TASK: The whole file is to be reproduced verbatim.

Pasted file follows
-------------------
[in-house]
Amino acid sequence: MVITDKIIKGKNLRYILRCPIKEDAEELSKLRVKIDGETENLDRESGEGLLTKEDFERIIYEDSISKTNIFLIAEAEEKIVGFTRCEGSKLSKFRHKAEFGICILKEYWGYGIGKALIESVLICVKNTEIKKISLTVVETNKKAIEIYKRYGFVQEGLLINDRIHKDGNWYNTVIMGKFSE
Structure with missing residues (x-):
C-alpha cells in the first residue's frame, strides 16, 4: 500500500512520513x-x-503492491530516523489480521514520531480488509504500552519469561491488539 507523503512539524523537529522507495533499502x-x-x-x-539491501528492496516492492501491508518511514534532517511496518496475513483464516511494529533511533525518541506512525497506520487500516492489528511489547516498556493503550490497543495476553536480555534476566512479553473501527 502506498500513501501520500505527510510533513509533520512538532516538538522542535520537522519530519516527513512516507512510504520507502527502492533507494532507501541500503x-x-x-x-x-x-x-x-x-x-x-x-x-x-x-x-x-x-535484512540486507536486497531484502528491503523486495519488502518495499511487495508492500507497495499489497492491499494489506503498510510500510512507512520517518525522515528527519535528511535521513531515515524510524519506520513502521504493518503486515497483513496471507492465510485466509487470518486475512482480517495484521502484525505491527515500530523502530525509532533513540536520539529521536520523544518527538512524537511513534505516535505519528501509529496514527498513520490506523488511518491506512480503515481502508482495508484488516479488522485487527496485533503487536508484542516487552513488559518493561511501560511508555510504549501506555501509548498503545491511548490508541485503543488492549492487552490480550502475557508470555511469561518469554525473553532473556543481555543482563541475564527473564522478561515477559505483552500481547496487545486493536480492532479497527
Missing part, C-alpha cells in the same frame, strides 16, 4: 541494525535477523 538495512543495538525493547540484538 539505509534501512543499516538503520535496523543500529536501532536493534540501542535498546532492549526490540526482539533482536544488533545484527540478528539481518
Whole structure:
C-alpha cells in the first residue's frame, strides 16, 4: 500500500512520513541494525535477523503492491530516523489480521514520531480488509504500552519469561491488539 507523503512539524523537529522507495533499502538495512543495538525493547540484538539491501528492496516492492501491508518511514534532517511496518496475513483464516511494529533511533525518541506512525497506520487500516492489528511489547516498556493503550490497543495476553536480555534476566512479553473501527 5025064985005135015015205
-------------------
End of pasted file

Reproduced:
[in-house]
Amino acid sequence: MVITDKIIKGKNLRYILRCPIKEDAEELSKLRVKIDGETENLDRESGEGLLTKEDFERIIYEDSISKTNIFLIAEAEEKIVGFTRCEGSKLSKFRHKAEFGICILKEYWGYGIGKALIESVLICVKNTEIKKISLTVVETNKKAIEIYKRYGFVQEGLLINDRIHKDGNWYNTVIMGKFSE
Structure with missing residues (x-):
C-alpha cells in the first residue's frame, strides 16, 4: 500500500512520513x-x-503492491530516523489480521514520531480488509504500552519469561491488539 507523503512539524523537529522507495533499502x-x-x-x-539491501528492496516492492501491508518511514534532517511496518496475513483464516511494529533511533525518541506512525497506520487500516492489528511489547516498556493503550490497543495476553536480555534476566512479553473501527 502506498500513501501520500505527510510533513509533520512538532516538538522542535520537522519530519516527513512516507512510504520507502527502492533507494532507501541500503x-x-x-x-x-x-x-x-x-x-x-x-x-x-x-x-x-x-535484512540486507536486497531484502528491503523486495519488502518495499511487495508492500507497495499489497492491499494489506503498510510500510512507512520517518525522515528527519535528511535521513531515515524510524519506520513502521504493518503486515497483513496471507492465510485466509487470518486475512482480517495484521502484525505491527515500530523502530525509532533513540536520539529521536520523544518527538512524537511513534505516535505519528501509529496514527498513520490506523488511518491506512480503515481502508482495508484488516479488522485487527496485533503487536508484542516487552513488559518493561511501560511508555510504549501506555501509548498503545491511548490508541485503543488492549492487552490480550502475557508470555511469561518469554525473553532473556543481555543482563541475564527473564522478561515477559505483552500481547496487545486493536480492532479497527
Missing part, C-alpha cells in the same frame, strides 16, 4: 541494525535477523 538495512543495538525493547540484538 539505509534501512543499516538503520535496523543500529536501532536493534540501542535498546532492549526490540526482539533482536544488533545484527540478528539481518
Whole structure:
C-alpha cells in the first residue's frame, strides 16, 4: 500500500512520513541494525535477523503492491530516523489480521514520531480488509504500552519469561491488539 507523503512539524523537529522507495533499502538495512543495538525493547540484538539491501528492496516492492501491508518511514534532517511496518496475513483464516511494529533511533525518541506512525497506520487500516492489528511489547516498556493503550490497543495476553536480555534476566512479553473501527 5025064985005135015015205